Oliver Kreylos from the Department of Computer Science, University of California, suggests the Oculus Rift should get positional tracking as its first upgrade.
UPDATE: Since this article was posted, the Oculus team have said they plan to include some form of positional head tracking in the final consumer version that is planned to come out next year. Palmer Luckey has also Tweeted "This is only the beginning, future versions of the Rift are going to blow you away even more."
Out of the box, the dev version of the Oculus Rift will only include orientational tracking, not positional. Orientational tracking is where the view changes according to the direction the user is facing. So, if you were in a game looking forward facing a cityscape and suddenly ducked behind a boulder, your view would not be obscured by the boulder, you would still see the cityscape.
Oliver Krelos says that us humans subtly positionally move, even when looking left and right. Without this being implemented in virtual reality, the sense of immersion is reduced.
“We tend to move our heads quite a bit sub-consciously. If the world doesn’t react appropriately then it appears fake and it is not very nice.” says Krelos.
Another challenge is the way we will move from point to point in virtual environments. Physical objects like the WizDish and Virtuix Omni offer one solution. Another is one that Oliver talks about which is a virtual bullseye.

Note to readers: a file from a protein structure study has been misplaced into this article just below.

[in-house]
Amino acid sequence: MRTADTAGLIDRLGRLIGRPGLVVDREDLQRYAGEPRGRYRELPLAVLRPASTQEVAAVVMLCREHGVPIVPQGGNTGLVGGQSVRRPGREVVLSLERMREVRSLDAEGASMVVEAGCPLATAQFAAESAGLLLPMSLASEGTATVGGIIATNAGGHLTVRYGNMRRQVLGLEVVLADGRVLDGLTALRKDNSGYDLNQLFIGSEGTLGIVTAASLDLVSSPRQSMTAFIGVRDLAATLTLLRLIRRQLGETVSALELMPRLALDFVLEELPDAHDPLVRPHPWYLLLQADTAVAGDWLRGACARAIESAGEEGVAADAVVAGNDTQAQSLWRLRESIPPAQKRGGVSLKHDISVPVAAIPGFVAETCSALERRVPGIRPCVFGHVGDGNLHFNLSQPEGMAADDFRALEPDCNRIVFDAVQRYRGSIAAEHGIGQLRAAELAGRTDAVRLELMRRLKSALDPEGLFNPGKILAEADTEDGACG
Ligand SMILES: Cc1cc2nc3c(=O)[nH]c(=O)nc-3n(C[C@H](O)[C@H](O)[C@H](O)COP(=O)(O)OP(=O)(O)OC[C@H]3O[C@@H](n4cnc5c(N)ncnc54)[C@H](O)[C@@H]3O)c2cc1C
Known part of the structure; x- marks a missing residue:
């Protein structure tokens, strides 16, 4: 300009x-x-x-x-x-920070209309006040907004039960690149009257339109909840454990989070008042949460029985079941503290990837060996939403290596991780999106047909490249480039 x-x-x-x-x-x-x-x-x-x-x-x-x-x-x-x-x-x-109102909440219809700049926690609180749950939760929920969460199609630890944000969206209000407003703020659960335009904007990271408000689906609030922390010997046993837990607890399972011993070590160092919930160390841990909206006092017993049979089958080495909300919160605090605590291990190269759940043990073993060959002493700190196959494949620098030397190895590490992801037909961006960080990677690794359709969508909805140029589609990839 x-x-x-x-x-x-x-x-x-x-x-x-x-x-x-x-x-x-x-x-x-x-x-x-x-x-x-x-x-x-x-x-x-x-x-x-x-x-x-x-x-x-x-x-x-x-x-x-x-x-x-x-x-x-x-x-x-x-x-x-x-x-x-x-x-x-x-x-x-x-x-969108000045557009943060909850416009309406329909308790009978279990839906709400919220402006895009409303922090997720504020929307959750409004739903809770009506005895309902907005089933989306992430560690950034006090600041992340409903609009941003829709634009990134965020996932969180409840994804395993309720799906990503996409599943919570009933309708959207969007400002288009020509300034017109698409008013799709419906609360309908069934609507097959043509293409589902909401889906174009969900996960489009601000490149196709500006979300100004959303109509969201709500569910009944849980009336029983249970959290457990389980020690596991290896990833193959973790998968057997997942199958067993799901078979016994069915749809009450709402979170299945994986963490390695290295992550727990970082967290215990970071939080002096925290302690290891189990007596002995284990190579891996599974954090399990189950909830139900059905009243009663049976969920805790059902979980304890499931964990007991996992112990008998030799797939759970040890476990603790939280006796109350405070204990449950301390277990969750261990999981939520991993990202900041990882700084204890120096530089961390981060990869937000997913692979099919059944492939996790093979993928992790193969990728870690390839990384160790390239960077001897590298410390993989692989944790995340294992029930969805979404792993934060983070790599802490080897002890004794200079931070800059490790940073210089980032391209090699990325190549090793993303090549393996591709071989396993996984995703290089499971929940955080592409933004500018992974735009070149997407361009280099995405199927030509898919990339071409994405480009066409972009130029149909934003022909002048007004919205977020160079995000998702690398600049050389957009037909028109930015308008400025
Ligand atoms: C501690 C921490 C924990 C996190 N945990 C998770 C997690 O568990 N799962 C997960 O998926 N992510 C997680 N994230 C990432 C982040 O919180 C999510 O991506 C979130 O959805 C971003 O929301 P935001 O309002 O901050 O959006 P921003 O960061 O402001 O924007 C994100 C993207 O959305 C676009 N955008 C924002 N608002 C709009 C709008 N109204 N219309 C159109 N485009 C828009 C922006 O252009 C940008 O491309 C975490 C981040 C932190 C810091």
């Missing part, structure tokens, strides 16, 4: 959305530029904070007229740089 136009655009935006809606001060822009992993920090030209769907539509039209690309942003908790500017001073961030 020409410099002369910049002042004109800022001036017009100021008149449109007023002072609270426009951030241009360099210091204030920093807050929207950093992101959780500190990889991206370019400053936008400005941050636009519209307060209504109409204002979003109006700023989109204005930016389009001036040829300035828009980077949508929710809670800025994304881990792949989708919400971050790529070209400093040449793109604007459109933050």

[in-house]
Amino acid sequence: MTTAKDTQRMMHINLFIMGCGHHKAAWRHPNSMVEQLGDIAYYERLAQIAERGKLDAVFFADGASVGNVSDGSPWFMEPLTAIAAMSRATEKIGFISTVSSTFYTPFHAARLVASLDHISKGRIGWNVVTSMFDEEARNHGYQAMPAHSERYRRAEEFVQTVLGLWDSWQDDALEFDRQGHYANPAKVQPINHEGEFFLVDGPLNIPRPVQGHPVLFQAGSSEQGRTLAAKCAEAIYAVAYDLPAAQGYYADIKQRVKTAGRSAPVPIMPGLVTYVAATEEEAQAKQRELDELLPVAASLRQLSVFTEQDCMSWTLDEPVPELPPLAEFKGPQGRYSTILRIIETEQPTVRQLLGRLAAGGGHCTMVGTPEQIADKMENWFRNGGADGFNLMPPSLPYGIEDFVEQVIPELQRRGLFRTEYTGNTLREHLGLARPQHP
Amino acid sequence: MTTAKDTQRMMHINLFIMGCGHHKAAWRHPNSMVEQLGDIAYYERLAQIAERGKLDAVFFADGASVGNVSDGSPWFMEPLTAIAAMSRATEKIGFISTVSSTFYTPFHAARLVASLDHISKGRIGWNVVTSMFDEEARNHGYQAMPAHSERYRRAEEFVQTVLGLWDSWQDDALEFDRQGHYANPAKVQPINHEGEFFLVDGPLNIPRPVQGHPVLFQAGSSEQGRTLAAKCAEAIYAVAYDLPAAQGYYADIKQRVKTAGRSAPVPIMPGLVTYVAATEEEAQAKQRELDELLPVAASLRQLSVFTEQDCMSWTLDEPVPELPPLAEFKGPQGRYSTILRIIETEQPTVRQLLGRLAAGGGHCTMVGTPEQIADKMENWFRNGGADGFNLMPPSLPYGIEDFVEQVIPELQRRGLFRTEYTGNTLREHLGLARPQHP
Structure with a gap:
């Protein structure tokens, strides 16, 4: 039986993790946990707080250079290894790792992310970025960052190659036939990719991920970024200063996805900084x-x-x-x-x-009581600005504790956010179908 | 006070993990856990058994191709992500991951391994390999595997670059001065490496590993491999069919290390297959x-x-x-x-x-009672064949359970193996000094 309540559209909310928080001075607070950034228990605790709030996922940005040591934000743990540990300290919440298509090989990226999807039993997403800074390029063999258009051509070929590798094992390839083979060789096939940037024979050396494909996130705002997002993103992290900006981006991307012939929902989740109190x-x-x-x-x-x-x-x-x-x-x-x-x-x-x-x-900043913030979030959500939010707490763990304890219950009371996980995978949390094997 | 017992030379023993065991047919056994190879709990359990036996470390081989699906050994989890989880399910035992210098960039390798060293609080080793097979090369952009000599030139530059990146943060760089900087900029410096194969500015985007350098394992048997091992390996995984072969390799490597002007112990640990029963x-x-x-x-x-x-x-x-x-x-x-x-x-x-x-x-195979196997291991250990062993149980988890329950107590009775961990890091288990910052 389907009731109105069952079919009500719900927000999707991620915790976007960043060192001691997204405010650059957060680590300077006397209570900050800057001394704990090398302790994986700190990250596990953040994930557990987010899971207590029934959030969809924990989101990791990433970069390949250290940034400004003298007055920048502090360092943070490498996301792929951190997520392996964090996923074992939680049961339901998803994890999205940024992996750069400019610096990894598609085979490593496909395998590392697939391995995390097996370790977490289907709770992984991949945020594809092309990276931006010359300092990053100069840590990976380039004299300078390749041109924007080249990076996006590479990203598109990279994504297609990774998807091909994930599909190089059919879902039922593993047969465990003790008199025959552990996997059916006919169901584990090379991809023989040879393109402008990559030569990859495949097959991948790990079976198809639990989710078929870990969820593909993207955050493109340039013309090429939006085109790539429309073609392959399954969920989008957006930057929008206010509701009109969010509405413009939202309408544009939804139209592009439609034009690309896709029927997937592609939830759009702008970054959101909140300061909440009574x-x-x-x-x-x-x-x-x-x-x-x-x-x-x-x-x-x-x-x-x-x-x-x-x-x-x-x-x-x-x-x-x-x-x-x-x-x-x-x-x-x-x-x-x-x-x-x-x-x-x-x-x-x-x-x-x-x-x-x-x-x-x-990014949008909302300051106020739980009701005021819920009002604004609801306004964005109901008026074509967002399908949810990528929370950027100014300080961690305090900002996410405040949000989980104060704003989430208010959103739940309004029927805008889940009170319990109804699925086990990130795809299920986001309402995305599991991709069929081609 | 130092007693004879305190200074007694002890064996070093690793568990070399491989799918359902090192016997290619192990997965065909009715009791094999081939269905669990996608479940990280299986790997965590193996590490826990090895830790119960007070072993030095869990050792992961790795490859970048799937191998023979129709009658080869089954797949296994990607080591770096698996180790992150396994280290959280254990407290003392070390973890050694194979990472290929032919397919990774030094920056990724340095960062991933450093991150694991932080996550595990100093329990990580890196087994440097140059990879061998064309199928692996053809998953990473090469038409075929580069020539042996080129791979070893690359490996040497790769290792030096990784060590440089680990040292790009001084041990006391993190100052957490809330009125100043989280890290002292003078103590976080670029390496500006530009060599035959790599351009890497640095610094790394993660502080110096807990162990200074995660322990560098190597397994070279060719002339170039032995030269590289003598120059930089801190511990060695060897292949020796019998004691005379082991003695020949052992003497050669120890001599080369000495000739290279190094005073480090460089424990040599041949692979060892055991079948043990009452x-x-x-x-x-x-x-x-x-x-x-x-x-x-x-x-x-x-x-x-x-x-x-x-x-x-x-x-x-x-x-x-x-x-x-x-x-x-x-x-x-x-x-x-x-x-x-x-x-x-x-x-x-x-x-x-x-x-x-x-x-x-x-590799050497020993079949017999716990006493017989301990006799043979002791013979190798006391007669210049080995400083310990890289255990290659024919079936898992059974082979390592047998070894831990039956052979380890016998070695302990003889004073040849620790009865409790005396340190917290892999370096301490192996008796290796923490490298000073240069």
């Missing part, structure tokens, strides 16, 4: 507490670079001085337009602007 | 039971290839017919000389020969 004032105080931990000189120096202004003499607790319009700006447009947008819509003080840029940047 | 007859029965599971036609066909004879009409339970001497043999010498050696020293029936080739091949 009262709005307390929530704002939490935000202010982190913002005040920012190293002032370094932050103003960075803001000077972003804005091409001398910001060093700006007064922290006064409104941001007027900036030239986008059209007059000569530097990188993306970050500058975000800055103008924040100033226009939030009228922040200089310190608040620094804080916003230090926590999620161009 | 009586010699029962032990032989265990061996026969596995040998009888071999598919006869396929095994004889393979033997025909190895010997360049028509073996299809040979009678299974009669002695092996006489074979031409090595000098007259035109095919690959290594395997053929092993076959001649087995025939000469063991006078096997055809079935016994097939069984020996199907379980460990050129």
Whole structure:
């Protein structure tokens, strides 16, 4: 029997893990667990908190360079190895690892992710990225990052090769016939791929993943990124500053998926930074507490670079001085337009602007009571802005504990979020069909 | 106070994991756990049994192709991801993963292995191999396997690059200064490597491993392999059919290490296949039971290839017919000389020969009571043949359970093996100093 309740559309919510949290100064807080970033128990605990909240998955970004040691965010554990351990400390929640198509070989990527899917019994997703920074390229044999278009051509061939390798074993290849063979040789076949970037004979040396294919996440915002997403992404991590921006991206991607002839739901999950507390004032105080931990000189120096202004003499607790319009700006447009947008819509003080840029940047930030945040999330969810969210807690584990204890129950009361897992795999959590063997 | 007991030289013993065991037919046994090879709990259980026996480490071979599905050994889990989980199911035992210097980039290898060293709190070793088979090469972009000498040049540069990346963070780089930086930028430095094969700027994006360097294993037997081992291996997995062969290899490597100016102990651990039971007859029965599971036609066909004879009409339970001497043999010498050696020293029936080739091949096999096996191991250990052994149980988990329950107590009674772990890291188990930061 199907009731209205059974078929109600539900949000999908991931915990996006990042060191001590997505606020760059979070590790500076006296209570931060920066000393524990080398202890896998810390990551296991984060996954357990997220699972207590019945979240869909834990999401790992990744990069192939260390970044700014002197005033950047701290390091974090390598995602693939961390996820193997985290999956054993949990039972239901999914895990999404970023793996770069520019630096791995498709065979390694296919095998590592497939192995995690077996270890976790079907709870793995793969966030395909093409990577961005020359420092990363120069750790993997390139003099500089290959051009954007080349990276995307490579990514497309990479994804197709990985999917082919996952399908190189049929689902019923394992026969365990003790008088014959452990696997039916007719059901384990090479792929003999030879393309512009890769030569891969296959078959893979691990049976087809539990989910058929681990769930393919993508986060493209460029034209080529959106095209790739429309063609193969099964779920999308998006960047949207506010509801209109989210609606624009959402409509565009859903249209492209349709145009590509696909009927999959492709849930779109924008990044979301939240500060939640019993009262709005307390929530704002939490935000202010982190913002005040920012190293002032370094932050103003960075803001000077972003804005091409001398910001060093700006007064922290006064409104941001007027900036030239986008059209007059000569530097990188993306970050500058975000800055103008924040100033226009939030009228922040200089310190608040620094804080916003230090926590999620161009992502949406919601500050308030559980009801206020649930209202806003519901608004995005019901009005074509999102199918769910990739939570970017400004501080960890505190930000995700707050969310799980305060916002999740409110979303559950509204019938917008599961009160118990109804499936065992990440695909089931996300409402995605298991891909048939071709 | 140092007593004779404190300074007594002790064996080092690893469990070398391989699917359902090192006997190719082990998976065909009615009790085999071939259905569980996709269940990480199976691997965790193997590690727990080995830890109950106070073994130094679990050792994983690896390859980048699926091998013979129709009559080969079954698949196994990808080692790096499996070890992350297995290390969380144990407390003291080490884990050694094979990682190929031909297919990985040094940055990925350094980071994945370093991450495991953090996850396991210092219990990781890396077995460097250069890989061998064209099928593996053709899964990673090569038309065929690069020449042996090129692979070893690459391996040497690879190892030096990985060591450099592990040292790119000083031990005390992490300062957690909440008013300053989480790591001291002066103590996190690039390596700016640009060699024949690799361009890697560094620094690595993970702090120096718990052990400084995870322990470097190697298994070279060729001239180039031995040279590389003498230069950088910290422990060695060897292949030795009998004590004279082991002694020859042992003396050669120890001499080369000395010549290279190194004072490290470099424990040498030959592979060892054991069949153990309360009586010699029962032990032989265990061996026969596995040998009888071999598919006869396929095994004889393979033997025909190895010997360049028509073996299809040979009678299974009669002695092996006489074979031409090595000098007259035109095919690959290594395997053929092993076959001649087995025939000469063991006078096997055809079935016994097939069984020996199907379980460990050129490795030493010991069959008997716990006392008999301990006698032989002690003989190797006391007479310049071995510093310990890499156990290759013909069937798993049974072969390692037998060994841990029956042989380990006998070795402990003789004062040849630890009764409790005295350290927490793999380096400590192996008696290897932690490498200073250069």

“The second issue is how you get around in your virtual world. Mostly, if you port something from your desktop environment you would use some sort of input device like a joystick device.
The idea of moving around with a joystick is not particularly great because you are embedded into a VR environment when using a head mounted display so you want to be able to do navigation.
The one I use is a virtual bullseye on the floor. You are standing in the middle of it and as soon as you step outside of it you move forward. As the bullseye follows you step backward to stop.” (This is better shown in the video below).
Krelos concludes: “The importance of positional head tracking in addition to orientational head tracking, I believe should be one of the first after-market modifications. You need to think about proper locomotion and you need to think about proper embedding of the player’s body."
In the video Oliver Krelos is using an eMagin Z800 Visor, and the tracking system is an Intersense IS-900. The virtual world is a mash-up of a Doom3 level.
Oliver Kreylos launched a very popular video in November 2010 which has reached almost 2.5 million views. In it, he combines the colour and the depth image captured by a Microsoft Kinect and projects the colour image back out into space, creating a "holographic" representation of the persons or objects that were captured.
To read Oliver's 'The Reality of Head Mounted Displays' document click here. His website is here.